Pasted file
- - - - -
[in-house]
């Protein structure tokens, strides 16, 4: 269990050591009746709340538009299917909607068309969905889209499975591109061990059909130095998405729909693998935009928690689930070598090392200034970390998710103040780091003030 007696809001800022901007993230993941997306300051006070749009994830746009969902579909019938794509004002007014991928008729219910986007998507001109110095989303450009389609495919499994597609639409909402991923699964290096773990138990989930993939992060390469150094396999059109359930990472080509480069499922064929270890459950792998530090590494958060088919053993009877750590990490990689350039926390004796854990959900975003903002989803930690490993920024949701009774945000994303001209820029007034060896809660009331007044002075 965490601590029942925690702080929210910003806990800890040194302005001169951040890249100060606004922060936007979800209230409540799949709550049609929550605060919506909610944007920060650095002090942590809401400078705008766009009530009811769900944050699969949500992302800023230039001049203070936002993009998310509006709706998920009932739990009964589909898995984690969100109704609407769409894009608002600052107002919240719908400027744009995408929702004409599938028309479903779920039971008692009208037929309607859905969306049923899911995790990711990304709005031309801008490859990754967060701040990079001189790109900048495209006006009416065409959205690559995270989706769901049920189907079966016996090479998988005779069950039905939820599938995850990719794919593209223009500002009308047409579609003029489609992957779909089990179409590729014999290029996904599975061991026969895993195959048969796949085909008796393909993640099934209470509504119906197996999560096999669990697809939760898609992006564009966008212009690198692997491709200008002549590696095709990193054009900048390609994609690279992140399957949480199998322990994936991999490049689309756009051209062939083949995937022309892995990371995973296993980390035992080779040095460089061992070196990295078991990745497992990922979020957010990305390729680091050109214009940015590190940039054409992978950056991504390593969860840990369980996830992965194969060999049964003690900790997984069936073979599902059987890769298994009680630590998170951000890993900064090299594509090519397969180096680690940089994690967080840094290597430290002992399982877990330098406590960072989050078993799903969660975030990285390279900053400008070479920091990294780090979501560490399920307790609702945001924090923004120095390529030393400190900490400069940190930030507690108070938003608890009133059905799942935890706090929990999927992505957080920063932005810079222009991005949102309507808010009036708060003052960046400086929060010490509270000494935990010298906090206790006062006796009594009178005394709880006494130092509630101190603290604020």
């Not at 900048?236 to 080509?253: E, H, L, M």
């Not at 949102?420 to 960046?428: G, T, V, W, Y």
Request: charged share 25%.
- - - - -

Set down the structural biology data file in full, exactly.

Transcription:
[in-house]
């Protein structure tokens, strides 16, 4: 269990050591009746709340538009299917909607068309969905889209499975591109061990059909130095998405729909693998935009928690689930070598090392200034970390998710103040780091003030 007696809001800022901007993230993941997306300051006070749009994830746009969902579909019938794509004002007014991928008729219910986007998507001109110095989303450009389609495919499994597609639409909402991923699964290096773990138990989930993939992060390469150094396999059109359930990472080509480069499922064929270890459950792998530090590494958060088919053993009877750590990490990689350039926390004796854990959900975003903002989803930690490993920024949701009774945000994303001209820029007034060896809660009331007044002075 965490601590029942925690702080929210910003806990800890040194302005001169951040890249100060606004922060936007979800209230409540799949709550049609929550605060919506909610944007920060650095002090942590809401400078705008766009009530009811769900944050699969949500992302800023230039001049203070936002993009998310509006709706998920009932739990009964589909898995984690969100109704609407769409894009608002600052107002919240719908400027744009995408929702004409599938028309479903779920039971008692009208037929309607859905969306049923899911995790990711990304709005031309801008490859990754967060701040990079001189790109900048495209006006009416065409959205690559995270989706769901049920189907079966016996090479998988005779069950039905939820599938995850990719794919593209223009500002009308047409579609003029489609992957779909089990179409590729014999290029996904599975061991026969895993195959048969796949085909008796393909993640099934209470509504119906197996999560096999669990697809939760898609992006564009966008212009690198692997491709200008002549590696095709990193054009900048390609994609690279992140399957949480199998322990994936991999490049689309756009051209062939083949995937022309892995990371995973296993980390035992080779040095460089061992070196990295078991990745497992990922979020957010990305390729680091050109214009940015590190940039054409992978950056991504390593969860840990369980996830992965194969060999049964003690900790997984069936073979599902059987890769298994009680630590998170951000890993900064090299594509090519397969180096680690940089994690967080840094290597430290002992399982877990330098406590960072989050078993799903969660975030990285390279900053400008070479920091990294780090979501560490399920307790609702945001924090923004120095390529030393400190900490400069940190930030507690108070938003608890009133059905799942935890706090929990999927992505957080920063932005810079222009991005949102309507808010009036708060003052960046400086929060010490509270000494935990010298906090206790006062006796009594009178005394709880006494130092509630101190603290604020």
């Not at 900048?236 to 080509?253: E, H, L, M």
């Not at 949102?420 to 960046?428: G, T, V, W, Y």
Request: charged share 25%.